Plastic in the ocean smells like junk food to hungry anchovies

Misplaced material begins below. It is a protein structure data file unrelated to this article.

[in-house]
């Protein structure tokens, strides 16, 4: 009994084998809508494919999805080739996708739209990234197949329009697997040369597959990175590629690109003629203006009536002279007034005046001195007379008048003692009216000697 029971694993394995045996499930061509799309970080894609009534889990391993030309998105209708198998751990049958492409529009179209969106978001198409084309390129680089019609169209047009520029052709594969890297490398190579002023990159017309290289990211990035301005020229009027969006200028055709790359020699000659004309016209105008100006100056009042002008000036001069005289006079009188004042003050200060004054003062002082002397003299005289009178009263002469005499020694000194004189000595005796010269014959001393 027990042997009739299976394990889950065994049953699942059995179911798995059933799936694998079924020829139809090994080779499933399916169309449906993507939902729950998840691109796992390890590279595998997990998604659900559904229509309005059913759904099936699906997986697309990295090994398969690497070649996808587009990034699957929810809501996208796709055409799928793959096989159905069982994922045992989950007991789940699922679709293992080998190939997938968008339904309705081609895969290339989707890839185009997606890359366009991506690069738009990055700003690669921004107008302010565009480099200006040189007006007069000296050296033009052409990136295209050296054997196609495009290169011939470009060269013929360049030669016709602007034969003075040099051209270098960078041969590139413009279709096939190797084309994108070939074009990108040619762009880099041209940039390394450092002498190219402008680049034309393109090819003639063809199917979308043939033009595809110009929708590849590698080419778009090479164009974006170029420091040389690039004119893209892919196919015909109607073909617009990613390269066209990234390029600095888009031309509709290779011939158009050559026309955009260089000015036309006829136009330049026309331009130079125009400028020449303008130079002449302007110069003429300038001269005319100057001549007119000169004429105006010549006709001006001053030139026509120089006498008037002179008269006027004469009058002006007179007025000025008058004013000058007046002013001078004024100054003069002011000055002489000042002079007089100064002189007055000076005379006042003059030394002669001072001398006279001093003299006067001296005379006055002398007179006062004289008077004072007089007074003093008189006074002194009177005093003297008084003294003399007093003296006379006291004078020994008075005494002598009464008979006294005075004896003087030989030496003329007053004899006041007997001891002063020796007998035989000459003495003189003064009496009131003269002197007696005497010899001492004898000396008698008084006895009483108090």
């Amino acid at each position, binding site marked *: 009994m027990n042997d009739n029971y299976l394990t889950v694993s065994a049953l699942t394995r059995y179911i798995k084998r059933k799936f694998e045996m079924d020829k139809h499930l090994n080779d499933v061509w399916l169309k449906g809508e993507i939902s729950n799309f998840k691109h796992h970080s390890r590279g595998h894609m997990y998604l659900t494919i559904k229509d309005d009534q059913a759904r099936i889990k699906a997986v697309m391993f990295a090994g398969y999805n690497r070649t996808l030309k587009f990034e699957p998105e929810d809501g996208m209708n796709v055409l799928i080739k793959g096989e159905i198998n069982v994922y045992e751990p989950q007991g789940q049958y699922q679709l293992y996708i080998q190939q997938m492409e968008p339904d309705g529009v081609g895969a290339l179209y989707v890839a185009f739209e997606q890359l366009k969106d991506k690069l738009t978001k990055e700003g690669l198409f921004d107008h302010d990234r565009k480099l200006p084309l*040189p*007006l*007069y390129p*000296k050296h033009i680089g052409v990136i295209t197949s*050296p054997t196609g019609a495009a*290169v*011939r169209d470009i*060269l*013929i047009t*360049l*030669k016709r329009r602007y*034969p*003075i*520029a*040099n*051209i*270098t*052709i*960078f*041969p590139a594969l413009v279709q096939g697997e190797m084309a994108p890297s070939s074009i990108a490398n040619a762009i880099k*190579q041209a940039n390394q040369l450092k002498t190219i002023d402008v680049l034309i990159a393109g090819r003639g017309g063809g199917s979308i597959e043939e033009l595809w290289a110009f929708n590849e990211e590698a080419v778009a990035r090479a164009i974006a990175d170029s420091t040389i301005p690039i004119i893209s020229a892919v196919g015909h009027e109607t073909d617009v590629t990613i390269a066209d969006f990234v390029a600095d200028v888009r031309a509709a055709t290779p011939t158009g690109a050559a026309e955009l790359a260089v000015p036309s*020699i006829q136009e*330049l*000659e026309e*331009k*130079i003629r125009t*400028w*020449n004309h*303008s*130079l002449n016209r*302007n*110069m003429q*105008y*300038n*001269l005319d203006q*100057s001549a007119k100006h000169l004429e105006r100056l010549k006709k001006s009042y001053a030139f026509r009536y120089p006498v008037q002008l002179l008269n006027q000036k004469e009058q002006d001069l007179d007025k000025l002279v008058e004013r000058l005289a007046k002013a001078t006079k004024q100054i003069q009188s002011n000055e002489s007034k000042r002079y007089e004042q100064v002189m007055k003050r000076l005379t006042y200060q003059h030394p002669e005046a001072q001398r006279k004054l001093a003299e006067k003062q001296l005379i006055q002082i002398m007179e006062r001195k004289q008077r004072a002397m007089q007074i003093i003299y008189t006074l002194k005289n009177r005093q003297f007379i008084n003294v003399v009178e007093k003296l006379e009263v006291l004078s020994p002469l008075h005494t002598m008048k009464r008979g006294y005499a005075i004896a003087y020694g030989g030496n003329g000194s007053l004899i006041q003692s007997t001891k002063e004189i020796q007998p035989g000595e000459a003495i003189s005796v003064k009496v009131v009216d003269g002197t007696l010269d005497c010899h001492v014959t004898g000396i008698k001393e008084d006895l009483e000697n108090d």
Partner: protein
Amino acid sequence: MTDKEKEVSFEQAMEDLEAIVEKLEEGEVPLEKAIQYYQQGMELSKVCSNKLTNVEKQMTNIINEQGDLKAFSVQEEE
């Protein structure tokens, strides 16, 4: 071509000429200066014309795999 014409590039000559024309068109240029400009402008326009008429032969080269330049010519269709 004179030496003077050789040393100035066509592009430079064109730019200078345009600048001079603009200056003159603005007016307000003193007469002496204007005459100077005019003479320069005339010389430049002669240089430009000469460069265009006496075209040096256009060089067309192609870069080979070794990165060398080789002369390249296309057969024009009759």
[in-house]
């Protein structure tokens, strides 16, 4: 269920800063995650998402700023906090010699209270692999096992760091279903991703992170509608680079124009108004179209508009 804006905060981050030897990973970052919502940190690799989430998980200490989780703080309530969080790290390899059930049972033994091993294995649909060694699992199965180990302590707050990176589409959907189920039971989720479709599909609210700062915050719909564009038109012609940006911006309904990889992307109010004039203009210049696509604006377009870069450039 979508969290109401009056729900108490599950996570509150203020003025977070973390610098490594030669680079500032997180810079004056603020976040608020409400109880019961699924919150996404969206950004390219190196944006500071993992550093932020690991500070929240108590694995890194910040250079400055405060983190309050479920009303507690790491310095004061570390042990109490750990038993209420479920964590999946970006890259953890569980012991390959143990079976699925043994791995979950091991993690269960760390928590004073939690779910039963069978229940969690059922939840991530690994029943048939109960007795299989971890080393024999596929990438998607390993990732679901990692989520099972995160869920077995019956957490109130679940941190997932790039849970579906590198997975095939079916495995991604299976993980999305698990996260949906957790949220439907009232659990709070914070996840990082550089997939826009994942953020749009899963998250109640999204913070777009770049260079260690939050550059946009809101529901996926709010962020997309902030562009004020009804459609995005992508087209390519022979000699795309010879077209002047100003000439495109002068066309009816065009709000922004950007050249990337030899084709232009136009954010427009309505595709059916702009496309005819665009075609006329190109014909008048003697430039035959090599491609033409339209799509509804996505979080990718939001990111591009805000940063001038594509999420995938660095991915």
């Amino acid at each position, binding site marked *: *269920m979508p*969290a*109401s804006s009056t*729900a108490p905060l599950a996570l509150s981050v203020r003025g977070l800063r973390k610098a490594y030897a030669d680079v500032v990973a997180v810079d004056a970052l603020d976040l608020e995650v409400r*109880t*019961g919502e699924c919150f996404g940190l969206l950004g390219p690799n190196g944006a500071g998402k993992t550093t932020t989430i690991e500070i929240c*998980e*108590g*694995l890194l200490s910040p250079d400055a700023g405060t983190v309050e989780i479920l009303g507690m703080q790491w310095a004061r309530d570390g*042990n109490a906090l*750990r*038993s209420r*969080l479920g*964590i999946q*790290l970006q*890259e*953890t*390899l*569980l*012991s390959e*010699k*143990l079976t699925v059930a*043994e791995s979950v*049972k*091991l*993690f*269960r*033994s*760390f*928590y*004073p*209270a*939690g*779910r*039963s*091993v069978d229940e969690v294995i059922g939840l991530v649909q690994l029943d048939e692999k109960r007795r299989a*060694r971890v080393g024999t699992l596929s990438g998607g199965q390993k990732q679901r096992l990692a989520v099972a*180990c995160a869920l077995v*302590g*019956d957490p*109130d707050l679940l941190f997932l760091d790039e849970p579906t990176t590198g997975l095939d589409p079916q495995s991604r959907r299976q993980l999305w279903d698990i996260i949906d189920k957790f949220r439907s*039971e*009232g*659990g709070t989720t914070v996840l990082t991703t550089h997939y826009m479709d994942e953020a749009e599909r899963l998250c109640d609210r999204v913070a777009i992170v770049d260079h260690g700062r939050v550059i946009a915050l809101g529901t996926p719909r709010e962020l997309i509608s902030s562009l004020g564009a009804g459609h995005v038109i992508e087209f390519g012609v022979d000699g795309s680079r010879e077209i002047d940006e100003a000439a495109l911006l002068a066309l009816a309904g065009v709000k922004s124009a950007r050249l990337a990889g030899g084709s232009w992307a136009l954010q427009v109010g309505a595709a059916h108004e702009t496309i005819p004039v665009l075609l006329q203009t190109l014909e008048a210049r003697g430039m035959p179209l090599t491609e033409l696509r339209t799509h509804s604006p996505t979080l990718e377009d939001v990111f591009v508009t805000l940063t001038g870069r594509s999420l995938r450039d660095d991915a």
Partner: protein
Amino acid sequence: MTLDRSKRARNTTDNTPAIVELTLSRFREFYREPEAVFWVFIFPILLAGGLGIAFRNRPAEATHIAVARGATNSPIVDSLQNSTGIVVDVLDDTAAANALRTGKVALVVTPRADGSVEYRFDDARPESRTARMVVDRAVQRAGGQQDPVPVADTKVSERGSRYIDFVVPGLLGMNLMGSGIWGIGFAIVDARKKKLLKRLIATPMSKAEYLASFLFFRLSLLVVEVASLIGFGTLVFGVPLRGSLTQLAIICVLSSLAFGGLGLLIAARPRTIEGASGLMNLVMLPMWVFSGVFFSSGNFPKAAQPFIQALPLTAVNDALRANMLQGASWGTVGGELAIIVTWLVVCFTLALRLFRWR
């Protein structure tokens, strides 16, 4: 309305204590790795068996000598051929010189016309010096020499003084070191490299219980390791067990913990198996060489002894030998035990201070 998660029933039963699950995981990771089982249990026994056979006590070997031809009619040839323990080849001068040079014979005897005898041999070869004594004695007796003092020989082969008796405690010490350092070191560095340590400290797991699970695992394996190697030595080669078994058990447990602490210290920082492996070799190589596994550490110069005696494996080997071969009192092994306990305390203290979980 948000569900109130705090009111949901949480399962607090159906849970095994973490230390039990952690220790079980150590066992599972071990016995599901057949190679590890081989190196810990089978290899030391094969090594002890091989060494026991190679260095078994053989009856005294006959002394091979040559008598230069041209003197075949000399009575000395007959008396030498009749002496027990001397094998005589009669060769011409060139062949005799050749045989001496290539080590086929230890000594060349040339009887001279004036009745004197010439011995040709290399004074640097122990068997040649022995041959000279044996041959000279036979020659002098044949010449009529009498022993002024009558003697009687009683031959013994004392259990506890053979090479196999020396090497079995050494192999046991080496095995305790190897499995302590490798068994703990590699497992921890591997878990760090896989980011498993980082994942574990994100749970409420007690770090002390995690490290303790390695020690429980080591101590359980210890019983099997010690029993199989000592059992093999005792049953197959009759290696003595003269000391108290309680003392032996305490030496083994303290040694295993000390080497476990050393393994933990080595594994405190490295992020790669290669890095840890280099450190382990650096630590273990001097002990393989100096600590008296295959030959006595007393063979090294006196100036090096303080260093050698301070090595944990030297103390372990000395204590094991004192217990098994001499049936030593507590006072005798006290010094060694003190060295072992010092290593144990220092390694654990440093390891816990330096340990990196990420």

first_img Popular in the CommunitySponsoredSponsoredOrangutan found tortured and decapitated prompts Indonesia probeEMGIES17 Jan, 2018We will never know the full extent of what this poor Orangutan went through before he died, the same must be done to this evil perpetrator(s) they don’t deserve the air that they breathe this has truly upset me and I wonder for the future for these wonderful creatures. So called ‘Mankind’ has a lot to answer for we are the only ones ruining this world I prefer animals to humans any day of the week.What makes community ecotourism succeed? In Madagascar, location, location, locationScissors1dOther countries should also learn and try to incorporateWhy you should care about the current wave of mass extinctions (commentary)Processor1 DecAfter all, there is no infinite anything in the whole galaxy!Infinite stupidity, right here on earth.The wildlife trade threatens people and animals alike (commentary)Anchor3dUnfortunately I feel The Chinese have no compassion for any living animal. They are a cruel country that as we knowneatbeverything that moves and do not humanily kill these poor animals and insects. They have no health and safety on their markets and they then contract these diseases. Maybe its karma maybe they should look at the way they live and stop using animals for all there so called remedies. DisgustingConservationists welcome China’s wildlife trade banThobolo27 JanChina has consistently been the worlds worst, “ Face of Evil “ in regards our planets flora and fauna survival. In some ways, this is nature trying to fight back. This ban is great, but the rest of the world just cannot allow it to be temporary, because history has demonstrated that once this coronavirus passes, they will in all likelihood, simply revert to been the planets worst Ecco Terrorists. Let’s simply not allow this to happen! How and why they have been able to degrade this planets iconic species, rape the planets rivers, oceans and forests, with apparent impunity, is just mind boggling! Please no more.Probing rural poachers in Africa: Why do they poach?Carrot3dOne day I feel like animals will be more scarce, and I agree with one of my friends, they said that poaching will take over the world, but I also hope notUpset about Amazon fires last year? Focus on deforestation this year (commentary)Bullhorn4dLies and more leisSponsoredSponsoredCoke is again the biggest culprit behind plastic waste in the PhilippinesGrapes7 NovOnce again the article blames companies for the actions of individuals. It is individuals that buy these products, it is individuals that dispose of them improperly. If we want to change it, we have to change, not just create bad guys to blame.Brazilian response to Bolsonaro policies and Amazon fires growsCar4 SepThank you for this excellent report. I feel overwhelmed by the ecocidal intent of the Bolsonaro government in the name of ‘developing’ their ‘God-given’ resources.U.S. allocates first of $30M in grants for forest conservation in SumatraPlanet4dcarrot hella thick ;)Melting Arctic sea ice may be altering winds, weather at equator: studyleftylarry30 JanThe Arctic sea ice seems to be recovering this winter as per the last 10-12 years, good news.Malaysia has the world’s highest deforestation rate, reveals Google forest mapBone27 Sep, 2018Who you’re trying to fool with selective data revelation?You can’t hide the truth if you show historical deforestation for all countries, especially in Europe from 1800s to this day. WorldBank has a good wholesome data on this.Mass tree planting along India’s Cauvery River has scientists worriedSurendra Nekkanti23 JanHi Mongabay. Good effort trying to be objective in this article. I would like to give a constructive feedback which could help in clearing things up.1. It is mentioned that planting trees in village common lands will have negative affects socially and ecologically. There is no need to even have to agree or disagree with it, because, you also mentioned the fact that Cauvery Calling aims to plant trees only in the private lands of the farmers. So, plantation in the common lands doesn’t come into the picture.2.I don’t see that the ecologists are totally against this project, but just they they have some concerns, mainly in terms of what species of trees will be planted. And because there was no direct communication between the ecologists and Isha Foundation, it was not possible for them to address the concerns. As you seem to have spoken with an Isha spokesperson, if you could connect the concerned parties, it would be great, because I see that the ecologists are genuinely interested in making sure things are done the right way.May we all come together and make things happen.Rare Amazon bush dogs caught on camera in BoliviaCarrot1 Feba very good iniciative to be fallowed by the ranchers all overSponsored Article published by Rhett Butler Environment, Fish, Microplastics, Oceans, Plastic, UCSC center_img Researchers created blends of algae- and bacteria-coated plastic, clean plastic, and plain seawater to test whether anchovies are drawn to the scent of plastic debris in the ocean.The odors of plastic pieces coated in algae or bacteria sparked vigorous feeding behavior in the fish.By eating plastics, anchovies and other baitfish could become toxic to the animals and people who rely on them for food. As plastic debris drifts through the ocean, it accumulates a coating of algae and bacteria. That coating smells delectable — that is, if you’re a fish.Northern anchovies (Engraulis mordax) find the scent of “biofouled” plastic irresistible, according to a recent study published in the Proceedings of the Royal Society B. The silvery schooling fish detect the scent that marine algae and bacteria transfer onto bits of plastic, and launch into a flashing, darting feeding frenzy.Anchovies are an ecologically and economically important species of baitfish in temperate waters worldwide. In the northern Pacific Ocean, they are food for whales, tuna and humans, among many other species. But if anchovies fill up with plastic, their consumers may have to contend with a new kind of junk in their food.More than 8 million metric tons of plastic enter the ocean every year and become part of marine food webs. Photo by Matthew Savoca.The paper’s lead author, Matthew Savoca, is a fellow at the U.S. National Oceanic and Atmospheric Administration in Monterey, California, researching the effects of pollution and litter on the ocean and its resources. His study is one of the first to demonstrate the importance of scent to fish like anchovies. And it reveals one reason that marine animals might be drawn to plastic in the first place.“People try to make hypotheses about the color, shape and size of plastic pieces, but to me this [odor] hypothesis seems like one that was really important to test,” said ecologist Chelsea Rochman, an assistant professor at the University of Toronto, who was not involved in this study.To determine if anchovies responded to plastics by smell, Savoca and his team created a strange collection of marine teas. They created different scented liquids by steeping biofouled plastic, clean plastic and krill. They released their brews, along with control samples of clean water, into schools of hundreds of anchovies, set up in tanks at the Aquarium of the Bay in San Francisco.When the anchovies smelled either their favorite food — small swarming crustaceans called krill — or Savoca’s smelly plastic tea, they responded dramatically. “They darted and dashed in various directions, which is indicative of the foraging behavior of these animals,” Savoca said in an interview. “These fish are just going bananas for the food and the plastic, really.” But when the fish smelled the clean plastic and plain water, they just kept swimming in their usual circles.Savoca realized this behavior might historically have been helpful to the fish. “When animals eat plastic, they’re not actually making a dumb decision,” he pointed out. “It might smell like food, look like food, taste like food. It will be really hard for them to learn to reject this stuff as ‘not food.’”One estimate from a 2015 study suggested that the rate of plastic entering the oceans worldwide in 2010 was roughly one dump truck load per minute. That added an estimated 8 million metric tons of plastic to the ocean that year alone. Despite some efforts, plastic production and pollution isn’t slowing down.Northern anchovies are small silvery fish that swim in enormous schools in temperate waters and feed mainly on plankton, like krill. Photo by Matthew Savoca.Savoca and other researchers are starting to examine the effects on fish fooled into eating biofouled plastic — and the possible consequences for their predators, such as whales.Billions of people worldwide rely on seafood as their main protein source, Rochman noted, and their diet may be getting riskier. Plastics contain myriad harmful chemicals (with acronyms such as BPA and DEHP) that potentially move more easily into the bodies of fish through a coating of algae and bacteria. Humans, said Rochman, could start to find evidence of plastic-polluted water in their fillets and fish sticks.“We have to act now when we’re seeing relatively small amounts of plastic in the animals we’re eating,” said Savoca. “This could become a problem of human health concerns and not just animal health concerns.”CITATIONSavoca MS, Tyson CW, McGill M, Slager CJ. (2017) Odours from marine plastic debris induce food search behaviours in a forage fish. Proceedings of the Royal Society B 284: 20171000. doi: 10.1098/rspb.2017.1000Vicky Stein (@AgentRedSquirrl) is a graduate student in the Science Communication Program at the University of California, Santa Cruz. Other Mongabay stories by UCSC students can be found here. last_img read more